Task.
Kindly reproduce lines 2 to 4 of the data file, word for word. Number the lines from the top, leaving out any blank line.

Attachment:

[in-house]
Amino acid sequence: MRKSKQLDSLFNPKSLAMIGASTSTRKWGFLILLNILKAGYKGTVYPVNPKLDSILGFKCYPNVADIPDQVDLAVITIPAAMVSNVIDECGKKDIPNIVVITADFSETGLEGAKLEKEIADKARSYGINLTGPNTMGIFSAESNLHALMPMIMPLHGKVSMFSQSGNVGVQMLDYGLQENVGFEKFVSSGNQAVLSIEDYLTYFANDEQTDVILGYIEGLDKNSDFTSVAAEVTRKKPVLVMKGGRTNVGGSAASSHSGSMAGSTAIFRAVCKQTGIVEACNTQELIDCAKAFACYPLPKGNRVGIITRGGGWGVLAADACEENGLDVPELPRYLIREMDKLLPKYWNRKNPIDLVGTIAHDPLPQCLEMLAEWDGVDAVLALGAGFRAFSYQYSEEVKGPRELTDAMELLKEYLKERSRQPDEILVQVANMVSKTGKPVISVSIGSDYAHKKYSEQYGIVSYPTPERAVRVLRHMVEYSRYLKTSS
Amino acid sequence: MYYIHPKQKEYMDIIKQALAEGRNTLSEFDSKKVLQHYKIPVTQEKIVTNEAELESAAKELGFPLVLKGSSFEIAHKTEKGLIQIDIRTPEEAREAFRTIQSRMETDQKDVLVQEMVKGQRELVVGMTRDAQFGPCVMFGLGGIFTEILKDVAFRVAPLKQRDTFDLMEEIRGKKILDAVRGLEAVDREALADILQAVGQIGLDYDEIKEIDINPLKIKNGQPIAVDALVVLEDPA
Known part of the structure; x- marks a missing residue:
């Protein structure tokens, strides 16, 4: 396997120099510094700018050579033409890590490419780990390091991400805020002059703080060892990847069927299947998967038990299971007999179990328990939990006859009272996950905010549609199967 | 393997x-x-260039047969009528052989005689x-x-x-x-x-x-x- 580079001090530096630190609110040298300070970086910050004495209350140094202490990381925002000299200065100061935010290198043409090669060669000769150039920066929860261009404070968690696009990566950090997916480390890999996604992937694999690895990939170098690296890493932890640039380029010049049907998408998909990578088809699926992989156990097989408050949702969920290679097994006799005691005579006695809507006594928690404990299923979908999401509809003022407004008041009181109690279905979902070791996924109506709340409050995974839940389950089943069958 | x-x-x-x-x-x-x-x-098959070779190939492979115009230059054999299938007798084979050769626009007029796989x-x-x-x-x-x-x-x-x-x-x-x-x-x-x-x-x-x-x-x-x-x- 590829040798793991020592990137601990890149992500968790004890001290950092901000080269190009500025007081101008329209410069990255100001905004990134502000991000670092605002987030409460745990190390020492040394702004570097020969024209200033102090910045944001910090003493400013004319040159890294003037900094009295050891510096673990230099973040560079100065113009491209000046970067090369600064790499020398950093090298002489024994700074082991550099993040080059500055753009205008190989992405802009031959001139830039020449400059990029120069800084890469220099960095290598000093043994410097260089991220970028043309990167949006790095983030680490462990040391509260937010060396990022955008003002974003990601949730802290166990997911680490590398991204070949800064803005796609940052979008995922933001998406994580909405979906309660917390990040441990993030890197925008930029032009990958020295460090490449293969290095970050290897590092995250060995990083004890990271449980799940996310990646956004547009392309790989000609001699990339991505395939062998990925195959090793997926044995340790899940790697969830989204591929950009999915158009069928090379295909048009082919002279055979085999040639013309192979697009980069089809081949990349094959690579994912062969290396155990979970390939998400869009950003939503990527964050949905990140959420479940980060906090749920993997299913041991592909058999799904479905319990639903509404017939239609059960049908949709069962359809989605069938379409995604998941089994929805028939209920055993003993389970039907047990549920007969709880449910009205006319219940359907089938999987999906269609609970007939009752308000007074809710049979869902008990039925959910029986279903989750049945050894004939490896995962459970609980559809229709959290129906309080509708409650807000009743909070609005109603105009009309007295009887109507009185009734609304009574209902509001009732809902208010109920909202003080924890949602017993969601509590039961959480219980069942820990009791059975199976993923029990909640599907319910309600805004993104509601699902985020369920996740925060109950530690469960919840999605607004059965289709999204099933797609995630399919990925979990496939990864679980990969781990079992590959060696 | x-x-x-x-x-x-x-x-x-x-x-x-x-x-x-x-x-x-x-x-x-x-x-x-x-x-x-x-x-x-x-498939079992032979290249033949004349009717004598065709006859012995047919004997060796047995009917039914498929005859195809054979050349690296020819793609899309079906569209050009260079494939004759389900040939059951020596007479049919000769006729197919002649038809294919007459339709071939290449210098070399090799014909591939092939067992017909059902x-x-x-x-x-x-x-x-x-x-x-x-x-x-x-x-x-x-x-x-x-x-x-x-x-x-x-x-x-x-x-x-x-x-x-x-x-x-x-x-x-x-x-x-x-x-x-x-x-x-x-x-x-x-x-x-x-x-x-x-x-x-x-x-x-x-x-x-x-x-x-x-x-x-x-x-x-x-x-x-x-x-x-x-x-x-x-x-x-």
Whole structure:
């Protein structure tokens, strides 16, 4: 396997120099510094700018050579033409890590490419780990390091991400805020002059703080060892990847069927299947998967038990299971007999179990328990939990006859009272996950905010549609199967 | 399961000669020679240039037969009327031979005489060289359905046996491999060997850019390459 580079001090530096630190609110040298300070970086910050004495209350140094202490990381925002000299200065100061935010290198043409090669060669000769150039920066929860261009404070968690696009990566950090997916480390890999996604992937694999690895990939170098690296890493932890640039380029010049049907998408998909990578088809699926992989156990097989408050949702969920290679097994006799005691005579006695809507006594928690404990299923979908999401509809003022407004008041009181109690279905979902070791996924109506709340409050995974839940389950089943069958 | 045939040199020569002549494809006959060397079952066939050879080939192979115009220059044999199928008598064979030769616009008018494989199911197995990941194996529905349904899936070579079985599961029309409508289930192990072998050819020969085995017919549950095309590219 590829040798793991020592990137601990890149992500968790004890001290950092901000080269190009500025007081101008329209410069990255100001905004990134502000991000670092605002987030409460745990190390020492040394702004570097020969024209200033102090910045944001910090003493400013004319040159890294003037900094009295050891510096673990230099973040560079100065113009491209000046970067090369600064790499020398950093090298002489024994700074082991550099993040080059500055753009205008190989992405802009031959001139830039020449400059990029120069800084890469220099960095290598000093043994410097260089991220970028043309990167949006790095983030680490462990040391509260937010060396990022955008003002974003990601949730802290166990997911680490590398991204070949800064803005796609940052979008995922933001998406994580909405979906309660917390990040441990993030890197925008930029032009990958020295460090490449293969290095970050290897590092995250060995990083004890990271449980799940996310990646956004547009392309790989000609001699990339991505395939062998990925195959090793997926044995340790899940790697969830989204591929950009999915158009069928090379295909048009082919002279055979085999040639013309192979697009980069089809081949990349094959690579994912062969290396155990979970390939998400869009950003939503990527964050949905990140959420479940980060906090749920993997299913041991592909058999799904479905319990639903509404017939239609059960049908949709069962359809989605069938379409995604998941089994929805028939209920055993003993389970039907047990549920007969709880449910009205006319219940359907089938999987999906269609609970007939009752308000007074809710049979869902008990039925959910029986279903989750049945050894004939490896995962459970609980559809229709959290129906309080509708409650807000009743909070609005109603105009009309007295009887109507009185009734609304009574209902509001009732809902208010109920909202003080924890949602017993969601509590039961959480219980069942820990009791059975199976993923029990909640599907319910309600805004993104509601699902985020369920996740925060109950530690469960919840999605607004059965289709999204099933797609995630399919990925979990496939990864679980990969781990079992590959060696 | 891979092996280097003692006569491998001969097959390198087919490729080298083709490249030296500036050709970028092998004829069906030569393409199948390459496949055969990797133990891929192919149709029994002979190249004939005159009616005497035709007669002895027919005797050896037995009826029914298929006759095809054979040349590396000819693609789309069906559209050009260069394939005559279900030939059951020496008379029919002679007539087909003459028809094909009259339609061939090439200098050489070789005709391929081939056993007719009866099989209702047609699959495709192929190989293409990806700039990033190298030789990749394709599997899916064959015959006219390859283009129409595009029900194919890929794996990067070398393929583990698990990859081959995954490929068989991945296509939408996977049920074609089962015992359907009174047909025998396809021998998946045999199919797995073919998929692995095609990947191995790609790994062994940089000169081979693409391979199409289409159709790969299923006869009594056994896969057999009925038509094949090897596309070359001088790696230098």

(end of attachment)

Amino acid sequence: MRKSKQLDSLFNPKSLAMIGASTSTRKWGFLILLNILKAGYKGTVYPVNPKLDSILGFKCYPNVADIPDQVDLAVITIPAAMVSNVIDECGKKDIPNIVVITADFSETGLEGAKLEKEIADKARSYGINLTGPNTMGIFSAESNLHALMPMIMPLHGKVSMFSQSGNVGVQMLDYGLQENVGFEKFVSSGNQAVLSIEDYLTYFANDEQTDVILGYIEGLDKNSDFTSVAAEVTRKKPVLVMKGGRTNVGGSAASSHSGSMAGSTAIFRAVCKQTGIVEACNTQELIDCAKAFACYPLPKGNRVGIITRGGGWGVLAADACEENGLDVPELPRYLIREMDKLLPKYWNRKNPIDLVGTIAHDPLPQCLEMLAEWDGVDAVLALGAGFRAFSYQYSEEVKGPRELTDAMELLKEYLKERSRQPDEILVQVANMVSKTGKPVISVSIGSDYAHKKYSEQYGIVSYPTPERAVRVLRHMVEYSRYLKTSS
Amino acid sequence: MYYIHPKQKEYMDIIKQALAEGRNTLSEFDSKKVLQHYKIPVTQEKIVTNEAELESAAKELGFPLVLKGSSFEIAHKTEKGLIQIDIRTPEEAREAFRTIQSRMETDQKDVLVQEMVKGQRELVVGMTRDAQFGPCVMFGLGGIFTEILKDVAFRVAPLKQRDTFDLMEEIRGKKILDAVRGLEAVDREALADILQAVGQIGLDYDEIKEIDINPLKIKNGQPIAVDALVVLEDPA
Known part of the structure; x- marks a missing residue: